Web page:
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Violet Katherine Booth, 86, died June 14, 2018, in Metlakatla. She was born Sept. 24, 1931, in Metlakatla.
Days that work

Despite fiscal uncertainty in Juneau and political turmoil in Washington, D.C., daily life continues in Ketchikan.

On Thursday, our downtown streets filled with visitors brought by four cruise ships. Vigor Alaska continued ferry construction and maintenence work at the Ketchikan Shipyard. PeaceHealth Ketchikan Medical Center staff cared for patients.

Local, state and federal government offices were open. State courts were in session. Ketchikan Gateway Borough Transit buses serviced their respective routes. Boats launched at local harbors. Folks used the Ketchikan Public Library and Gateway Recreation Center. The City of Ketchikan Solid Waste Facility processed local refuse.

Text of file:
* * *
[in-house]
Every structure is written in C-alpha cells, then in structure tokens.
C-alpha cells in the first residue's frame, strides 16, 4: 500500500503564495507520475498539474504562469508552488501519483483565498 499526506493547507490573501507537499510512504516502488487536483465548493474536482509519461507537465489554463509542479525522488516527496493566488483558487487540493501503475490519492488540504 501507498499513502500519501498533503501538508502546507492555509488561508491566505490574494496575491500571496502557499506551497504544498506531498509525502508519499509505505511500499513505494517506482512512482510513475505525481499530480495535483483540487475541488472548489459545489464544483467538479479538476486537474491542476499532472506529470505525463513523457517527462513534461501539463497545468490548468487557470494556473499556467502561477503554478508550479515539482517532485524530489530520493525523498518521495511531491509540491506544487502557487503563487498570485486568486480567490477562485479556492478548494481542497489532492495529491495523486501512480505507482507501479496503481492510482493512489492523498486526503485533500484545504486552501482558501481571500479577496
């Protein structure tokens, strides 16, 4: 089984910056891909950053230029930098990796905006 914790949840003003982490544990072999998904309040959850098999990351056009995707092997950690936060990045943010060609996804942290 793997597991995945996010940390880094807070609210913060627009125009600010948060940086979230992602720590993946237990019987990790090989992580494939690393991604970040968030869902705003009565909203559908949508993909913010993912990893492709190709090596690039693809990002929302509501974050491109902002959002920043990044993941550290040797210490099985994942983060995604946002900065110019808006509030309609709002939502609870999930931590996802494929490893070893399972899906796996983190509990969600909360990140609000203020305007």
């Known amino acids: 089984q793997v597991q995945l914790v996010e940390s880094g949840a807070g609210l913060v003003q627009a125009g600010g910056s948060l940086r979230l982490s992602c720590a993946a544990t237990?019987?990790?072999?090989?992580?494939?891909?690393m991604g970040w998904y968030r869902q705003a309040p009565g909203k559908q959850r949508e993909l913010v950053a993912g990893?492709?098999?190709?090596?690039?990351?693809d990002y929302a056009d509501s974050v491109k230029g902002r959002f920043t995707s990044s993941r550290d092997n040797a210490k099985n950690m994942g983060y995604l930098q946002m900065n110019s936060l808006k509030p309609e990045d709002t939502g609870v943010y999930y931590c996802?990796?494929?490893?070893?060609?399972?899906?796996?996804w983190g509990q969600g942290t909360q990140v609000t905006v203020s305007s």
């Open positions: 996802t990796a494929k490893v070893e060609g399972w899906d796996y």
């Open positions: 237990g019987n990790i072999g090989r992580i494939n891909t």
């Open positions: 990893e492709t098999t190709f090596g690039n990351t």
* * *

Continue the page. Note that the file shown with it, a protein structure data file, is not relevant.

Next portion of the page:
All sorts of local businesses opened their doors and served their customers Thursday. Any number of Race to Alaska fans stayed glued to the race tracker as the leading boats approached the Thomas Basin finish line.

On other docks, commercial purse seine and gillnet fishermen were readying boats and gear for the fishery openings that start on Sunday. Work continued on the North Tongass Highway lighting project, and on home construction, renovation and maintenence projects throughout the community.

In those regards, Thursday in Ketchikan was much like most days in Ketchikan. It’s not Disneyland or a blissful utopia, but it is a functional community with many people who work hard and care about making this as good a place as possible for themselves, their families, and their friends and neighbors.

Is this news? Perhaps not. Yet it is something to ponder — especially when the news from Outside can feel like a tsunami of contention, fear and uncertainty.

The outside world and its events can and do affect Ketchikan. We’re reminded, though, of a former reporter at the Ketchikan Daily News who often noted the benefits of taking care of one’s own backyard. Cultivating and maintaining what we have, the things we can affect directly, helps to strengthen the community and increase the likelihood that days like Thursday in Ketchikan — days that work — can continue for a long time to come.